In October 2017, the International Association on Adolescent Health (IAAH) held their 11
World Congress on Adolescent Health in New Delhi, India, called Investing in Adolescent Health: The Future is Now.
The conference featured researchers from all over the world, local and international global public health organisations and NGOs, the Indian Health Ministry, and most importantly, adolescents.
Indeed, adolescence is an ideal time to change harmful social norms, as it is a time of development, exploration, and questioning. It is also a challenging time for millions of adolescent girls who face the prospect of child marriage.
I attended three panels on child marriage, the importance of empowering adolescent and married girls, and the value of community-based programme, each providing thought-provoking insights into how to tackle child marriage. Here are my six takeaways:
1. We cannot end child marriage without changing social norms
Social norms around women and girls drive child marriage. It is therefore essential to involve families, including parents and in-laws, and the whole community in programmes to end child marriage. If we do not address harmful underlying social norms, sustainable change is not possible.
A case study from a cash transfer programme in Zomba, Malawi, shows how important social norms are to achieve long-term impact. Families that received cash transfers showed significant changes in the short term, such as more school attendance, less child marriage, delayed first birth, and less HIV.
Yet just two years after the cash transfers stopped, research suggests much of this progress was lost. Social norms that present educated girls as less marriageable persisted, leaving girls with few options outside of marriage.
2. Involve men and boys in solutions
Boys also need safe spaces, positive role models, and support. They are invariably involved in the issue of child marriage, so they are key players in changing social norms
3. Girls need alternatives to marrying early
Even if girls do stay in school and do not marry before age 18, what will they do after secondary school ends? If there are few employment opportunities and no way to pay for higher education, girls are left without options outside of marriage.
Niloy Mitter, from Tata Corporate Social Responsibility, shared an example of what’s working to give girls alternatives. In their child marriage prevention programme, girls train and go on to work as nurses. This ensures they have an income, skills and a profession instead of marrying before 18.
We must also make sure that vocational trainings do not enforce existing gender roles, for example by exclusively teaching girls gendered skills such as sewing or cooking.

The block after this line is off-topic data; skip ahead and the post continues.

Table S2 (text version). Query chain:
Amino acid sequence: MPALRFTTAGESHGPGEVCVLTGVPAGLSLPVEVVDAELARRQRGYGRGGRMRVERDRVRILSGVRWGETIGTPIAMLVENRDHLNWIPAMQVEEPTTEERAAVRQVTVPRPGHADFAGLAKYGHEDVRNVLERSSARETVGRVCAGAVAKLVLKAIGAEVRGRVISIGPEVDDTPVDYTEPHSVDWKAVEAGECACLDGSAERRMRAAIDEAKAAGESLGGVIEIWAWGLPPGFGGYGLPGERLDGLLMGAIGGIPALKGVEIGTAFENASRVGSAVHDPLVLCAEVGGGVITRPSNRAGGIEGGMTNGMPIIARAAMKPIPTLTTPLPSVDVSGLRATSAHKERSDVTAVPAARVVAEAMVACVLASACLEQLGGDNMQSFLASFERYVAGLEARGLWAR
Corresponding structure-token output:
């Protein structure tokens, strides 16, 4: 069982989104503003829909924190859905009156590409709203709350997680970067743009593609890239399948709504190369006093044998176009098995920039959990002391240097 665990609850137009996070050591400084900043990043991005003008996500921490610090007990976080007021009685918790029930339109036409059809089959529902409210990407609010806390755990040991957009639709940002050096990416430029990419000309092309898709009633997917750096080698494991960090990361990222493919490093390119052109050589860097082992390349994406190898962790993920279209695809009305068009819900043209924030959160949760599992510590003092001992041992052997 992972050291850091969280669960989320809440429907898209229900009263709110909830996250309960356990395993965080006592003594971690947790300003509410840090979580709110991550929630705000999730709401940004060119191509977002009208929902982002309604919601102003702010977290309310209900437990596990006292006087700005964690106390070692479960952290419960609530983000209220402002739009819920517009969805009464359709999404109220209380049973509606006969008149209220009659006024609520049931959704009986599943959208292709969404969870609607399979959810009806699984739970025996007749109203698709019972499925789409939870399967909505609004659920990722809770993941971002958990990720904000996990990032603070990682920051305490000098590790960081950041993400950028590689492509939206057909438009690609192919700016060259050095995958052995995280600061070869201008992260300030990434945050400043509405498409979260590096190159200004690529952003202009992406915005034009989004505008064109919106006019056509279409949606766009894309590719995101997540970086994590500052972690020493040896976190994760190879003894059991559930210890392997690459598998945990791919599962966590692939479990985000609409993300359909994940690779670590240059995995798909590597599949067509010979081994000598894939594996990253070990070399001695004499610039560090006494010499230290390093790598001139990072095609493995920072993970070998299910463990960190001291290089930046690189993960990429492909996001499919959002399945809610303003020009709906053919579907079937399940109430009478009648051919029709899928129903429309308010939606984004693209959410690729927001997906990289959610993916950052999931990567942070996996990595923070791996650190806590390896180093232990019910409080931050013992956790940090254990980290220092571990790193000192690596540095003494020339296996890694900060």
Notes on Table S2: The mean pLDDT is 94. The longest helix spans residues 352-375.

4. Girls have rights, not only “value”
Girls have rights, not just value or usefulness to others. Sonali Khan, Country Director, India for Breakthrough said:
“We oftentimes only speak of girls in terms of their value. Their value to us, to their parents, to their society. I would like to move away from this terminology and instead look at it from a rights perspective. Girls have the right to an education, the right to their bodies, and the right to not be subjected to violence.”
Girls have the right to an education, the right to their bodies, and the right to not be subjected to violence.
5. Married girls need support
We cannot forget about the girls who have already been married, and who need just as much, if not more, support and empowerment. Findings from one of the panels as that girls who married early were less satisfied with the programme. Girls wanted more services and information on the negative effects of child marriage.
6. Better data will help us understand what works to end child marriage
We need more rigorous evaluations of community-based child marriage prevention programmes, and prevention programmes in general. This will help us understand what’s working so as to end child marriage quickly and effectively.
As a researcher and advocate, I felt invigorated after attending the World Congress on Adolescent Health, which strengthened my dedication to empower women and girls globally. I hope these six themes can help us find better solutions to end child marriage in the coming years.
In the time it has taken to read this article 26 girls under the age of 18 have been married
Each year, 12 million girls are married before the age of 18
That is 23 girls every minute
Nearly 1 every 3 seconds
Emma Jackson is a research project assistant for the Center on Gender Equity and Health in the Division of Global Public Health at UC San Diego, working on projects focused on girl child marriage and the social and behavioral risk factors of HIV domestically. Emma recently graduated from the University of California, San Diego with a Bachelor of Arts in Global Health, and a minor in Anthropology.